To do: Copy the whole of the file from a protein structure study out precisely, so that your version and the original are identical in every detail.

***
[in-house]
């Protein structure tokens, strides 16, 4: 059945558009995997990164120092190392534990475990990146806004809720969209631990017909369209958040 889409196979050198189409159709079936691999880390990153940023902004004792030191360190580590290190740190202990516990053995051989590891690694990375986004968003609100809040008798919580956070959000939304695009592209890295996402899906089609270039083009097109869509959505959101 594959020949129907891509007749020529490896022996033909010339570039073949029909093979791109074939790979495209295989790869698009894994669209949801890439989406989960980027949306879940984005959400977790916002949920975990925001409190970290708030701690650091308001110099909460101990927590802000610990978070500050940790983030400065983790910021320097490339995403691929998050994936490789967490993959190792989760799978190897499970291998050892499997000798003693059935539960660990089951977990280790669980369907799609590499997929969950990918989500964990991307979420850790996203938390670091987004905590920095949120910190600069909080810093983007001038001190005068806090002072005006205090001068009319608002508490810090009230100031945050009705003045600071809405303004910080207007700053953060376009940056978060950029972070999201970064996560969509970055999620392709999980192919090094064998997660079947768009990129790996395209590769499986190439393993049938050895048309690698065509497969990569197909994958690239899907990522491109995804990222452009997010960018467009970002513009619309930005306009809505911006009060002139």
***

[in-house]
């Protein structure tokens, strides 16, 4: 059945558009995997990164120092190392534990475990990146806004809720969209631990017909369209958040 889409196979050198189409159709079936691999880390990153940023902004004792030191360190580590290190740190202990516990053995051989590891690694990375986004968003609100809040008798919580956070959000939304695009592209890295996402899906089609270039083009097109869509959505959101 594959020949129907891509007749020529490896022996033909010339570039073949029909093979791109074939790979495209295989790869698009894994669209949801890439989406989960980027949306879940984005959400977790916002949920975990925001409190970290708030701690650091308001110099909460101990927590802000610990978070500050940790983030400065983790910021320097490339995403691929998050994936490789967490993959190792989760799978190897499970291998050892499997000798003693059935539960660990089951977990280790669980369907799609590499997929969950990918989500964990991307979420850790996203938390670091987004905590920095949120910190600069909080810093983007001038001190005068806090002072005006205090001068009319608002508490810090009230100031945050009705003045600071809405303004910080207007700053953060376009940056978060950029972070999201970064996560969509970055999620392709999980192919090094064998997660079947768009990129790996395209590769499986190439393993049938050895048309690698065509497969990569197909994958690239899907990522491109995804990222452009997010960018467009970002513009619309930005306009809505911006009060002139």